Software aims to smarten storage
- By John Moore
- Apr 28, 2003
Intelligent storage is something of an oxymoron. Vendors have introduced various technologies to inject smarts into the increasingly complex body of storage technology. Industry observers say those efforts have fallen short of the mark. Storage-area networks (SANs), for example, were expected to make storage easier and cheaper to manage. But SANs, for all their promise, in some cases actually complicated matters. An intelligence gap persisted.
The latest generation of storage resource management (SRM) technology may yet supply the missing gray matter. SRM has been around for a while, largely as a capacity management and reporting tool. The newer arrivals, however, let organizations automate their business policies in a storage context. If a federal agency wants to wipe out MP3s or archive seldom-used files, SRM can make that happen without manual intervention. Automated provisioning, or allocating new storage space for an application, is another emerging SRM feature and one seen as especially critical in SAN environments.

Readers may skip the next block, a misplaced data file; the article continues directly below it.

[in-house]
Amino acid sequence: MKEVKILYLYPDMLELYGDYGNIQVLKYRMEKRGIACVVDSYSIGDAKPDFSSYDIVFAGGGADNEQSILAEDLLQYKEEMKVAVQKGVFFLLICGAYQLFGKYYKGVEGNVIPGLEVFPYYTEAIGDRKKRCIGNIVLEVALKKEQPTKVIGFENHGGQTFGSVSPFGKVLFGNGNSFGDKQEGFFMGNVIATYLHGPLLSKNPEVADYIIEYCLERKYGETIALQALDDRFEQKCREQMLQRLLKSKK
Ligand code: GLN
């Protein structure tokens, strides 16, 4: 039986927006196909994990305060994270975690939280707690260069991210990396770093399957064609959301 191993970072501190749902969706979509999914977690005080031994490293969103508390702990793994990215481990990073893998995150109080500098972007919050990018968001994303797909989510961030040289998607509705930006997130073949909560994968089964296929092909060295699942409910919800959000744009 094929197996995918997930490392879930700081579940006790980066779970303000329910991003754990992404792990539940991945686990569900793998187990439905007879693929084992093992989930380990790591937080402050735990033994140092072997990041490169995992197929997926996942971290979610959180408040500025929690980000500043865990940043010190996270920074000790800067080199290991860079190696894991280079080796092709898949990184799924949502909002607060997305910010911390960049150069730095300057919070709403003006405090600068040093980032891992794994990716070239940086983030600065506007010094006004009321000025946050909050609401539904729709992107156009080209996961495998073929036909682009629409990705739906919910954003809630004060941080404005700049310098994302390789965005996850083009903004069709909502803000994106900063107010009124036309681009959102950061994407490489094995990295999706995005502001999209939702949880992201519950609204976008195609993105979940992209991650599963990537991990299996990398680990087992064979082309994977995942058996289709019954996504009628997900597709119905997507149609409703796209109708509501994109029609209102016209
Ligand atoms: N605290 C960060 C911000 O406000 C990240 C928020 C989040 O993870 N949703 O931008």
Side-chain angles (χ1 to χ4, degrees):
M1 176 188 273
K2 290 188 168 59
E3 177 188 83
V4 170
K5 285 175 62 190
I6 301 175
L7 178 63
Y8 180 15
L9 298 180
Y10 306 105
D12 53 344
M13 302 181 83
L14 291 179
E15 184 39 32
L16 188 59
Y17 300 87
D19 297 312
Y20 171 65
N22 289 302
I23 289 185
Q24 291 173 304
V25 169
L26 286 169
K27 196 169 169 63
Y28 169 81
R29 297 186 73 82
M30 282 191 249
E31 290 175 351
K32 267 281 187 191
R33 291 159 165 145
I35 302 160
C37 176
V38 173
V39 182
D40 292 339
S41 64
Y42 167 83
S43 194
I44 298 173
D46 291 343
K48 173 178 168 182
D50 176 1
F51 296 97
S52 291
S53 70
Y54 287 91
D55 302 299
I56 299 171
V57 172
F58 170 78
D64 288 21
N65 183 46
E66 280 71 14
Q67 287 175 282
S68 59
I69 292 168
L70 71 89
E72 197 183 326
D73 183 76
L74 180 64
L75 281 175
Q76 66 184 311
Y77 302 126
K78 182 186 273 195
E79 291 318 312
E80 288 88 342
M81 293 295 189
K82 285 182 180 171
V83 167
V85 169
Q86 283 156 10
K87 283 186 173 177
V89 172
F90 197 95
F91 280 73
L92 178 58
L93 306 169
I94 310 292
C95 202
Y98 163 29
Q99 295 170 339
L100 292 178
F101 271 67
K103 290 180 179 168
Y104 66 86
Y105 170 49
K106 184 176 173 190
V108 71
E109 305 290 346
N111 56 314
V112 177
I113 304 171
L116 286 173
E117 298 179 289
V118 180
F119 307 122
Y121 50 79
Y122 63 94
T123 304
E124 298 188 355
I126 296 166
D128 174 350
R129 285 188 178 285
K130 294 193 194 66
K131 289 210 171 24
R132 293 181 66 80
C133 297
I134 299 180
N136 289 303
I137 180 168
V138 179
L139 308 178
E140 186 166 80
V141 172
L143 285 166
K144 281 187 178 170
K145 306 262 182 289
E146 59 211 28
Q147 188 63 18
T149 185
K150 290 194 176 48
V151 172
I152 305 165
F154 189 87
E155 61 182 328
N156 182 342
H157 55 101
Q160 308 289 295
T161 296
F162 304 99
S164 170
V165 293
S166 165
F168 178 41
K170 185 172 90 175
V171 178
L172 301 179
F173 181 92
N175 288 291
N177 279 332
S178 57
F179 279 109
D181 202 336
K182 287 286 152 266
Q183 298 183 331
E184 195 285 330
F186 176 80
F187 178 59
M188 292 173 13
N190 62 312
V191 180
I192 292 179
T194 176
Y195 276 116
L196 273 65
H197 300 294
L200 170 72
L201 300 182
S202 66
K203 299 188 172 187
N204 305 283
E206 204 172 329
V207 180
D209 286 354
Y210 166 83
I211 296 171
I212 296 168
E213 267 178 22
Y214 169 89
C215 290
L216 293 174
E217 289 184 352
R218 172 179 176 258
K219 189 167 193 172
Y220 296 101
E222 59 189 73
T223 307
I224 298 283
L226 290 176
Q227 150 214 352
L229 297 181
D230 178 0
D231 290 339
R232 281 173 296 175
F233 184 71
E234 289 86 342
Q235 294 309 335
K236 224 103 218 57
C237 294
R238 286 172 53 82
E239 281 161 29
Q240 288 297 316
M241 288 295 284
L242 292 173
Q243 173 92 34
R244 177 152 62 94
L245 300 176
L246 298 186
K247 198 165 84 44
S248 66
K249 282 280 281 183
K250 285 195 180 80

Greg van Hise, a product manager for IBM Corp. Tivoli, views SRM "as the brains of the operation."
Clever it may be, but SRM has seen only sporadic use in the federal sector.
Managers evaluating management software find the task challenging, given the sheer number of products and their different capabilities. Depending on which industry analyst one consults, the number of SRM vendors ranges from 30 to more than 200.
"There are so many different vendors right now," said Lawrence Borkowski, acting information systems chief in the Army National Guard's P3 division.
Early iterations of SRM software generally offered a limited range of features and supported specific platforms such as Microsoft Corp.'s Windows. Such products generally would track storage use for each server and pull together data from multiple servers to identify trends.